Hong Kong International Literary Festival

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The tale begins again at Hong Kong’s most celebrated International Literary Festival; Ysabelle Cheung dons her reading cap to bring you this year’s highlights 

The Hong Kong International Literary Festival is now in its 13th year, but the 10-day event is far from unlucky. Although general manager Paul Tam joined the team just a few months ago, he has worked tirelessly to pull together a stellar line-up of events and authors. “For my very first Literary Festival, I’d wanted to mould the programme into something that reflects the city we live in – brimming with life, colour and diversity in race, culture and lifestyle,” he says. “I am extremely happy how it all came out, with each of the events shining in its own right.”

As per usual, literary heavyweights abound. Wild Swans novelist Jung Chang (see our interview on p78), Kyung-sook Shin (the winner of last year’s Man Asia Literary Prize) and Ma Jian (author of provocative novel The Dark Road, which explores China’s one-child policy) headline the festival. But there’s also a plethora of other events set to make the festival the most exciting one yet. A spotlight on Scandinavian literature introduces a host of northern European authors who are household names on their home soil: poet and performer Sjón explores his relationship with Björk as well as the mystery of myth and folklore, Scandi-noir writer Åke Edwardson takes us through murky waters with his detective fiction series, and Christian Jungersen presents his third novel, You Disappear, in a world-premiere event, with a local performance group reading excerpts.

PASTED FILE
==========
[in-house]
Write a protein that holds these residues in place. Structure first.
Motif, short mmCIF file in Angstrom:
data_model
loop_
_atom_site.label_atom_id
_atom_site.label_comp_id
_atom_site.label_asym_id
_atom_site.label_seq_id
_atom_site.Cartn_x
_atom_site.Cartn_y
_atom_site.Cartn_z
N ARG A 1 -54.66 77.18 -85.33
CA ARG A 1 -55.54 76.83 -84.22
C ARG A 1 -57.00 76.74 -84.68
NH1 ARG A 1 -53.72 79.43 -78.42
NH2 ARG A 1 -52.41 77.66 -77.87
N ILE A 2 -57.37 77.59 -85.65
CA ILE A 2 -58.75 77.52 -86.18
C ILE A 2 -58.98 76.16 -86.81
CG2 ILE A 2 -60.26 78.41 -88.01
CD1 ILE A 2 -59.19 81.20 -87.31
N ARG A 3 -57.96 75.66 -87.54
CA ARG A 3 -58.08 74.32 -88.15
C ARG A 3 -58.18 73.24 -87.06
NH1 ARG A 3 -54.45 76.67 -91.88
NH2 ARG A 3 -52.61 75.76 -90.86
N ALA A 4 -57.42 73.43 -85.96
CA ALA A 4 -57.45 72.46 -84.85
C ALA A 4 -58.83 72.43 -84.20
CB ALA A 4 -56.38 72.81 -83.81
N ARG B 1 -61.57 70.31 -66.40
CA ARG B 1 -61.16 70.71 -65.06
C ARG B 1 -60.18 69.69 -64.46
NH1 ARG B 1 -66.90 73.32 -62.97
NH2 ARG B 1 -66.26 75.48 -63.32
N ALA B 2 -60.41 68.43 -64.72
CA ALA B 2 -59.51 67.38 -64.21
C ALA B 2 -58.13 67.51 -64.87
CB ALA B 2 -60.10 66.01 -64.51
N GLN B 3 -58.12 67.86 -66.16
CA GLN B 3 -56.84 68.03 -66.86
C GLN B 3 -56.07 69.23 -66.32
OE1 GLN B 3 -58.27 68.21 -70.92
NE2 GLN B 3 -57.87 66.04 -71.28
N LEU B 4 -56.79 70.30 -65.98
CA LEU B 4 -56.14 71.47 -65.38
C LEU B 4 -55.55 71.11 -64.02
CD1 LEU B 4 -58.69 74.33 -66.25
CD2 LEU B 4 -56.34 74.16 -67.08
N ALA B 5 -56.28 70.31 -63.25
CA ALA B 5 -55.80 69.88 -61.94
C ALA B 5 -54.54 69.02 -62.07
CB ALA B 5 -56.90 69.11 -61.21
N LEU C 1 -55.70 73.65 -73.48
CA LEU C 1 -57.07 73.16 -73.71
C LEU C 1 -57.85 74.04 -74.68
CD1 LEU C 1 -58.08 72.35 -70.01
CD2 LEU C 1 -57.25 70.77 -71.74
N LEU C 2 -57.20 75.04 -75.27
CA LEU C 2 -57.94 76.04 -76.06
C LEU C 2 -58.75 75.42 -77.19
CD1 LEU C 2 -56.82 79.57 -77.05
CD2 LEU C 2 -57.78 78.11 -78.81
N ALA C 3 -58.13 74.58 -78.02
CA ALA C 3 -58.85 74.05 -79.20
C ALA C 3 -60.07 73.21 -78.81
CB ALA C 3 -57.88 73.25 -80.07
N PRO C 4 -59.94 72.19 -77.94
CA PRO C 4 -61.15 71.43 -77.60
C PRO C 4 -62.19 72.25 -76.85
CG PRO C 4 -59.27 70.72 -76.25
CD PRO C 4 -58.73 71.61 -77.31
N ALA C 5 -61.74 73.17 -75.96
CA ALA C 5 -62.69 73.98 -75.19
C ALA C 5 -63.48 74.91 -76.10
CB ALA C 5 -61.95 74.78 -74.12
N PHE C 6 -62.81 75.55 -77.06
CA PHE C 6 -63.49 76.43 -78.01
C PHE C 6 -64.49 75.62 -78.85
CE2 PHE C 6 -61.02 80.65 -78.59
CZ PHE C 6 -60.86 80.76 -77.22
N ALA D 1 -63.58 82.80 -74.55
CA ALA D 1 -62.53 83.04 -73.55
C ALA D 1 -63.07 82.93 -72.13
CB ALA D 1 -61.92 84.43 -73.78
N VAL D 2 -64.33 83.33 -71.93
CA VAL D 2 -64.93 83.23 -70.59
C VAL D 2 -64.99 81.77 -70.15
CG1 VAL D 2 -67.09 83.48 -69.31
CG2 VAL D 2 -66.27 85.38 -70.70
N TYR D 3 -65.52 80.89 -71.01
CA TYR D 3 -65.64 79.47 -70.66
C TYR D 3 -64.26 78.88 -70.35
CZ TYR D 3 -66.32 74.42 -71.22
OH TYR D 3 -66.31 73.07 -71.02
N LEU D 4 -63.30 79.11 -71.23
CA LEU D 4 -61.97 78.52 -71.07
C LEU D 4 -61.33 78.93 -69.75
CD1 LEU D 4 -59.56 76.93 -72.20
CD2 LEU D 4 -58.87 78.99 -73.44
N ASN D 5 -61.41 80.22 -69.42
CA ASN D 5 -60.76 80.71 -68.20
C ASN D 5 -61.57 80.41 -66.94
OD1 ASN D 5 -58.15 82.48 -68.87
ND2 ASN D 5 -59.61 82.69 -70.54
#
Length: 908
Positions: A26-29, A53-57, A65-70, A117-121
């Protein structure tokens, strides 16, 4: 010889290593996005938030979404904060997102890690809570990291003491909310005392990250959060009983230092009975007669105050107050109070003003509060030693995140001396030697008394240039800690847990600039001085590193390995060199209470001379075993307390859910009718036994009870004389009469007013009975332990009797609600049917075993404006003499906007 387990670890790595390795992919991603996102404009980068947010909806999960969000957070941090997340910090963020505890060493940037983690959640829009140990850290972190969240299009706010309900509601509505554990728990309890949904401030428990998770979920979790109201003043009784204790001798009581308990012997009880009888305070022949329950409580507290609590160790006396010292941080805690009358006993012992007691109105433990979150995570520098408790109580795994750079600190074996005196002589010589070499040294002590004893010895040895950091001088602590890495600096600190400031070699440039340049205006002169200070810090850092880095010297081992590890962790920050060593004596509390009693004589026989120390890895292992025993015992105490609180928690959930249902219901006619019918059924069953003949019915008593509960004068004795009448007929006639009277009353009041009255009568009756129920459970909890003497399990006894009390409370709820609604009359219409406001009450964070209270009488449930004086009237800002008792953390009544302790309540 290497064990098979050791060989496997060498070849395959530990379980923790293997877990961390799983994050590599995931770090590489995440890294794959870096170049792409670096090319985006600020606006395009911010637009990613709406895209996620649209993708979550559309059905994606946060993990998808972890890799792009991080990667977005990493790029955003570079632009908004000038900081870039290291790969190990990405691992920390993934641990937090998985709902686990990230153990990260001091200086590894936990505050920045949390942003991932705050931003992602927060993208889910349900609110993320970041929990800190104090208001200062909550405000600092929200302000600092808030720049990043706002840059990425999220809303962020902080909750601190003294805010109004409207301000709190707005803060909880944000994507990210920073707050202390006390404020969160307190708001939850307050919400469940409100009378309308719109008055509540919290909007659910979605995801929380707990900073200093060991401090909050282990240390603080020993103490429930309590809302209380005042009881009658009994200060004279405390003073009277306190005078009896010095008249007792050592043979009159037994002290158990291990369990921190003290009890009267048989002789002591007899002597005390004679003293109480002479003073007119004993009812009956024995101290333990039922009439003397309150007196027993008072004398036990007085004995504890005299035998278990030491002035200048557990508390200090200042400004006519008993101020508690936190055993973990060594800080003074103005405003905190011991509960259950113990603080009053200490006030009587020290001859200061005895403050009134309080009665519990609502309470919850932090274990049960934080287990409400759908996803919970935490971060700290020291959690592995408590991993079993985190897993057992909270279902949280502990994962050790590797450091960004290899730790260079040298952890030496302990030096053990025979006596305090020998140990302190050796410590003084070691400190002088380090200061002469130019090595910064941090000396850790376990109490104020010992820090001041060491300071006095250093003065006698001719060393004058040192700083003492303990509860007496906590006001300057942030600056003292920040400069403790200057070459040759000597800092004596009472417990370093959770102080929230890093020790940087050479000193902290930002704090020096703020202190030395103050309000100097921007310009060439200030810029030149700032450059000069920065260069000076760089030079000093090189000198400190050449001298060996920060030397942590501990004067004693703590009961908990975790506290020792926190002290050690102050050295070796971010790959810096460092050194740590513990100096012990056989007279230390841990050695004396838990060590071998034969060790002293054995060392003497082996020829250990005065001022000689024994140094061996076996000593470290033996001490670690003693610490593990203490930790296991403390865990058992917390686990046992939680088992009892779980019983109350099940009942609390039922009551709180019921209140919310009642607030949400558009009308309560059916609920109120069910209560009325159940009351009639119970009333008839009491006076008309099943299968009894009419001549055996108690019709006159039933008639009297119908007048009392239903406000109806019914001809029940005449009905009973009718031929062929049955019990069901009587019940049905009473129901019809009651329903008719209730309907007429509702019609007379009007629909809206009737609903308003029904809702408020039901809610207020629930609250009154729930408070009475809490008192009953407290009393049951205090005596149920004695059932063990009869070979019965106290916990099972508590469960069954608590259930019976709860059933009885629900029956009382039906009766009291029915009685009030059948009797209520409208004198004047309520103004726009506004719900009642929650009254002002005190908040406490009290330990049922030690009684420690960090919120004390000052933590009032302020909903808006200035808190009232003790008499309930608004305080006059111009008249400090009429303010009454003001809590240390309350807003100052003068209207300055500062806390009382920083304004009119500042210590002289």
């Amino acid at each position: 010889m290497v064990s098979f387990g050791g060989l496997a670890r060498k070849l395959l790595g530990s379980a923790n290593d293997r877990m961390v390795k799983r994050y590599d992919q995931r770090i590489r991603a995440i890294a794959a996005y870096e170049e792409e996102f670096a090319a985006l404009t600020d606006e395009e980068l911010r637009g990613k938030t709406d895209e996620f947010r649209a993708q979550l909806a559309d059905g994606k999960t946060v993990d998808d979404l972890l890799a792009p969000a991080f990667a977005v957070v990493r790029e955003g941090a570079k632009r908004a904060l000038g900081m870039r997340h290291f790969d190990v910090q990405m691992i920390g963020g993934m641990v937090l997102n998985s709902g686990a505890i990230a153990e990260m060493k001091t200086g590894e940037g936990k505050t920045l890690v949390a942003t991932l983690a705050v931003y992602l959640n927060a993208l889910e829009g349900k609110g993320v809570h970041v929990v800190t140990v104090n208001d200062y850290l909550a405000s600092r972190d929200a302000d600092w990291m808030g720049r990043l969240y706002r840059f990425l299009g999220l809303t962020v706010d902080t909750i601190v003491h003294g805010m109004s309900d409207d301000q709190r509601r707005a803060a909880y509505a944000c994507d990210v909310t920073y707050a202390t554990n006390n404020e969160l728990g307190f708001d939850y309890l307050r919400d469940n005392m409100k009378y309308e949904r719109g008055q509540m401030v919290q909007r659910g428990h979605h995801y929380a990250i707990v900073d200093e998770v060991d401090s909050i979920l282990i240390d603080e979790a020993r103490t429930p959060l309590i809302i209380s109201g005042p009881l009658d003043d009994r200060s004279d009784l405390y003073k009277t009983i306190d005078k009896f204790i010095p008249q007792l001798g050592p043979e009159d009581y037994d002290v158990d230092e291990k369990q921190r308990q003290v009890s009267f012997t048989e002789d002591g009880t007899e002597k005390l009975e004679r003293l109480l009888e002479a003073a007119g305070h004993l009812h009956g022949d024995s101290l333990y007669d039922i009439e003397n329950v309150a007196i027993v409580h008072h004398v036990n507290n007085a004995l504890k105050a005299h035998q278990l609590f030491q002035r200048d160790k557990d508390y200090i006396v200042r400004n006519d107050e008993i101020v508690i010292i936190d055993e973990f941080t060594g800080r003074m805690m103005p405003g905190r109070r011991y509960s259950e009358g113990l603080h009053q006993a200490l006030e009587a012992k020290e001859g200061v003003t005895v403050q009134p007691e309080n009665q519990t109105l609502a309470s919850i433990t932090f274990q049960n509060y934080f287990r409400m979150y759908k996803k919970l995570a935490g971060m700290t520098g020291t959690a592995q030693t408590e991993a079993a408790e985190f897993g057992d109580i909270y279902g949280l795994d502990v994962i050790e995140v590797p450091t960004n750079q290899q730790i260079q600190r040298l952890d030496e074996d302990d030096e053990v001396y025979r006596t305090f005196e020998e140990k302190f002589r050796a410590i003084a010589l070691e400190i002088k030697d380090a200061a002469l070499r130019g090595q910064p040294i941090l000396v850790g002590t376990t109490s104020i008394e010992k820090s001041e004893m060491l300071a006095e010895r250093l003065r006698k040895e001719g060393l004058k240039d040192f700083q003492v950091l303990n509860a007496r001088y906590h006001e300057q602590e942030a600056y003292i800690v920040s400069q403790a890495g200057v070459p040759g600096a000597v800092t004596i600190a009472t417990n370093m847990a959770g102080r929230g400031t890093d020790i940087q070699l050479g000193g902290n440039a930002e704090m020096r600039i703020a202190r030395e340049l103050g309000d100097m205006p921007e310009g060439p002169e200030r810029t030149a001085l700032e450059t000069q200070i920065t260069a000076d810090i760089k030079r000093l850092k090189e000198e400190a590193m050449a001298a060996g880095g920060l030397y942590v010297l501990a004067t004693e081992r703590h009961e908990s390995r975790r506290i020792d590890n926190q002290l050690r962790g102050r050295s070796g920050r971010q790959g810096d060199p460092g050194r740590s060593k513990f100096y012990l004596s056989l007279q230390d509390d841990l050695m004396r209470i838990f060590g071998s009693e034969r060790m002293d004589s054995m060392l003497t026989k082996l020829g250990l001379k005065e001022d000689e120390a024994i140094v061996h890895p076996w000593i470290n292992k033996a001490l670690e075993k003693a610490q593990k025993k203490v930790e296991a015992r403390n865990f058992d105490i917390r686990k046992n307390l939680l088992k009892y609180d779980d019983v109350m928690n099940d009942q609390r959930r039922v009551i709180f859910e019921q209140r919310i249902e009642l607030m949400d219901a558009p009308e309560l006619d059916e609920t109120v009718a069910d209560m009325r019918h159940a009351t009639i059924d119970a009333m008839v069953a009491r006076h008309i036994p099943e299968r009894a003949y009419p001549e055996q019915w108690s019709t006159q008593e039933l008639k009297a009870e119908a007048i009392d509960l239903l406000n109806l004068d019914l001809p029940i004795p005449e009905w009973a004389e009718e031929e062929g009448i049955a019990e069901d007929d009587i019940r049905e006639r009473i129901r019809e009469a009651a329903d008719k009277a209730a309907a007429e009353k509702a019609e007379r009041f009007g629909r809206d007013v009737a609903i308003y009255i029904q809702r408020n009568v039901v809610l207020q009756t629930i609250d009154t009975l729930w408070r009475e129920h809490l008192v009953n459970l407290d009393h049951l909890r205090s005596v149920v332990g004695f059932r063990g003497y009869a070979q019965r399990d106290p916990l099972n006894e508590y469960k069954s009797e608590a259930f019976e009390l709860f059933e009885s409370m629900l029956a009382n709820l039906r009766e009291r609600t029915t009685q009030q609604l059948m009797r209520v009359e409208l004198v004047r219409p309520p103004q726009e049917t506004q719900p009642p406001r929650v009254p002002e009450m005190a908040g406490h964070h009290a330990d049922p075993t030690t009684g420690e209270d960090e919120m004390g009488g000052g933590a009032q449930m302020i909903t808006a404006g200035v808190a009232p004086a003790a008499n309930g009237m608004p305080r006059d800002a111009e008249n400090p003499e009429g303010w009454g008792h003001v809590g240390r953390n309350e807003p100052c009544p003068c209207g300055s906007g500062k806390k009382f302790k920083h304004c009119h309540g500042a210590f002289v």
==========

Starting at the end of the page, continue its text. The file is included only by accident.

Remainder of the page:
For the uninitiated, there is a panel discussion on the rise of Scandinavian crime fiction – the modern movement was arguably buoyed into popular consciousness by Stieg Larsson’s The Girl with the Dragon Tattoo – and the stylistic narratives that make up the genre. 

For those with a more sensory nose for literature, pull up a chair at an event in the festival’s ‘excite’ series. Sex-in-fiction is explored in a panel discussion, with works discussed including Madame Bovary and Lolita, alongside a delicious literary lunch with chef and author Jen Lin-Liu. Her latest book, On the Noodle Road: From Beijing to Rome, with Love and Pasta, is a trulyglobe-trotting romp, which goes in search of the origins of the humble, staple ingredient. 

Locally, there’s much to explore as well. BBC’s The Forum hosts two talks, one titled Hong Kong: An Island of Creativity? And aside from the usual literary suspects – Xu Xi, Duncan Jepson, Nury Vittachi – there’s a wave of local writers taking part, too. Three Indonesian domestic helpers (see our interview with Susie Utomo on p14) discuss finding solace through the written word while working in a foreign city; former SCMP columnist and pathologist Dr Feng Chi-shun dissects the dark side of Hong Kong with a series of true stories; City University’s Sharmistha Mohanty and Justin Hill engage audiences with their written work; and a colourful Pride Lit session pulls together novelist Marshall Moore, poet Nicholas Wong and prominent writer Nigel Collett. 

Performance based events include the debut of Luke Wright on Hong Kong shores, whose Essex Lion romps through bawdy satirical verse, and a group event, Unsavory Elements (based on the non-fiction anthology of the same name), which promises a sparkling cast including publisher Pete Spurrier, writer and editor Tom Carter and an instrument-toting Graham Earnshaw. Hong Kong’s festival is just one of the many that will be popping up around Asia in the coming months. An exciting representation for and of our city.

Hong Kong International Literary Festival Various venues, Nov 1-10. Tickets: $300-$60; cityline.com, urbtix.hk.

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